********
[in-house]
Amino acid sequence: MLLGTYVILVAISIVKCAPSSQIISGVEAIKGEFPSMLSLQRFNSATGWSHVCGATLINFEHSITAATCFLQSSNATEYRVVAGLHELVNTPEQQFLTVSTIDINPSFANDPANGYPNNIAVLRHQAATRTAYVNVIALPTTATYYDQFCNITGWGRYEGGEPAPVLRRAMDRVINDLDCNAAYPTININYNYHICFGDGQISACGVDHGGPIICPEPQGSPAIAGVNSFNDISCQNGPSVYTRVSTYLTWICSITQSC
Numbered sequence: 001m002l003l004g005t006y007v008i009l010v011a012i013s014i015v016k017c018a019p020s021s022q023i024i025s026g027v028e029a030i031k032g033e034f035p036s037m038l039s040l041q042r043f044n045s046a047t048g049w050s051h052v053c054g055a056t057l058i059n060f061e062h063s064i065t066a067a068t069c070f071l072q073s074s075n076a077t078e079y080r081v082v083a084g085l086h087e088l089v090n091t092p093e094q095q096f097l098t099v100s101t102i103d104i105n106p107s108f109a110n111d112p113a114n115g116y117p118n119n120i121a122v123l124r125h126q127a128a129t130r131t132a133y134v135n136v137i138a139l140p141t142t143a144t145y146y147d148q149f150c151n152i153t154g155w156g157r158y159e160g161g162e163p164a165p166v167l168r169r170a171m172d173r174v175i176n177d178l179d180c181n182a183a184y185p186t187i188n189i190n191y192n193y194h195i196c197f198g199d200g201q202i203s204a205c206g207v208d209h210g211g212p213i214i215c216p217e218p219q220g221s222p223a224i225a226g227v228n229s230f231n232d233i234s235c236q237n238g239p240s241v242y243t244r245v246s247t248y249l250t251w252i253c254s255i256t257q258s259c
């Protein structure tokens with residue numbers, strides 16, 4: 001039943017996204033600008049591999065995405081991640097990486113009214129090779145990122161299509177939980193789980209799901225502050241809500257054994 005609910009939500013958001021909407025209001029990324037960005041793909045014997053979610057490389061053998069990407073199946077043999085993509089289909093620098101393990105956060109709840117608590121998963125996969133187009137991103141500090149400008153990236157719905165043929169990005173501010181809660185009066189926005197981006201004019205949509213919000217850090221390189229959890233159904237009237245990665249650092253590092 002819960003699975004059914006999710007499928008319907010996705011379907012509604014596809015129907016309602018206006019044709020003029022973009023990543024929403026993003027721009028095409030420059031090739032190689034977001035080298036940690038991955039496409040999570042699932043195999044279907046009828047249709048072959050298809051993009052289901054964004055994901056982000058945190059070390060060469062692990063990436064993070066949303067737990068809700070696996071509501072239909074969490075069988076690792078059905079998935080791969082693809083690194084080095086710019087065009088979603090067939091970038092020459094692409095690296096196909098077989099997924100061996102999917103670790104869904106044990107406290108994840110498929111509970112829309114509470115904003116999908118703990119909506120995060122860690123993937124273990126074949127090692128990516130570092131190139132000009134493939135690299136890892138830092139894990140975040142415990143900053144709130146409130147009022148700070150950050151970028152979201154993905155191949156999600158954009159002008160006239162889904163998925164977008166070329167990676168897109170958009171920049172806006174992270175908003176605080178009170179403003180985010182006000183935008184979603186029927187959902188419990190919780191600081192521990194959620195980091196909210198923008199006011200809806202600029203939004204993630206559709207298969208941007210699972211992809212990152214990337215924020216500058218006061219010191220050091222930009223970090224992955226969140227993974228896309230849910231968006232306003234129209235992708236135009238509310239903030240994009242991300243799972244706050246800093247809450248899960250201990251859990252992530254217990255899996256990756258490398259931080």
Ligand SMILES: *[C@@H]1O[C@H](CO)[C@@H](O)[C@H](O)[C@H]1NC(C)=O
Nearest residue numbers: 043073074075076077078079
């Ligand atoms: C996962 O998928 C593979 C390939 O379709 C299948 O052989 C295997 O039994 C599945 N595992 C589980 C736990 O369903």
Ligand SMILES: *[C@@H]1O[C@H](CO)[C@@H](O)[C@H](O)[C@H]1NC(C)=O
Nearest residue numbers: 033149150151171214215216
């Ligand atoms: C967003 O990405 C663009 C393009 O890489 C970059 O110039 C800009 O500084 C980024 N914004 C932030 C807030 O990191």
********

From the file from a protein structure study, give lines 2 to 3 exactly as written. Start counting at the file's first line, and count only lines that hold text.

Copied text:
Amino acid sequence: MLLGTYVILVAISIVKCAPSSQIISGVEAIKGEFPSMLSLQRFNSATGWSHVCGATLINFEHSITAATCFLQSSNATEYRVVAGLHELVNTPEQQFLTVSTIDINPSFANDPANGYPNNIAVLRHQAATRTAYVNVIALPTTATYYDQFCNITGWGRYEGGEPAPVLRRAMDRVINDLDCNAAYPTININYNYHICFGDGQISACGVDHGGPIICPEPQGSPAIAGVNSFNDISCQNGPSVYTRVSTYLTWICSITQSC
Numbered sequence: 001m002l003l004g005t006y007v008i009l010v011a012i013s014i015v016k017c018a019p020s021s022q023i024i025s026g027v028e029a030i031k032g033e034f035p036s037m038l039s040l041q042r043f044n045s046a047t048g049w050s051h052v053c054g055a056t057l058i059n060f061e062h063s064i065t066a067a068t069c070f071l072q073s074s075n076a077t078e079y080r081v082v083a084g085l086h087e088l089v090n091t092p093e094q095q096f097l098t099v100s101t102i103d104i105n106p107s108f109a110n111d112p113a114n115g116y117p118n119n120i121a122v123l124r125h126q127a128a129t130r131t132a133y134v135n136v137i138a139l140p141t142t143a144t145y146y147d148q149f150c151n152i153t154g155w156g157r158y159e160g161g162e163p164a165p166v167l168r169r170a171m172d173r174v175i176n177d178l179d180c181n182a183a184y185p186t187i188n189i190n191y192n193y194h195i196c197f198g199d200g201q202i203s204a205c206g207v208d209h210g211g212p213i214i215c216p217e218p219q220g221s222p223a224i225a226g227v228n229s230f231n232d233i234s235c236q237n238g239p240s241v242y243t244r245v246s247t248y249l250t251w252i253c254s255i256t257q258s259c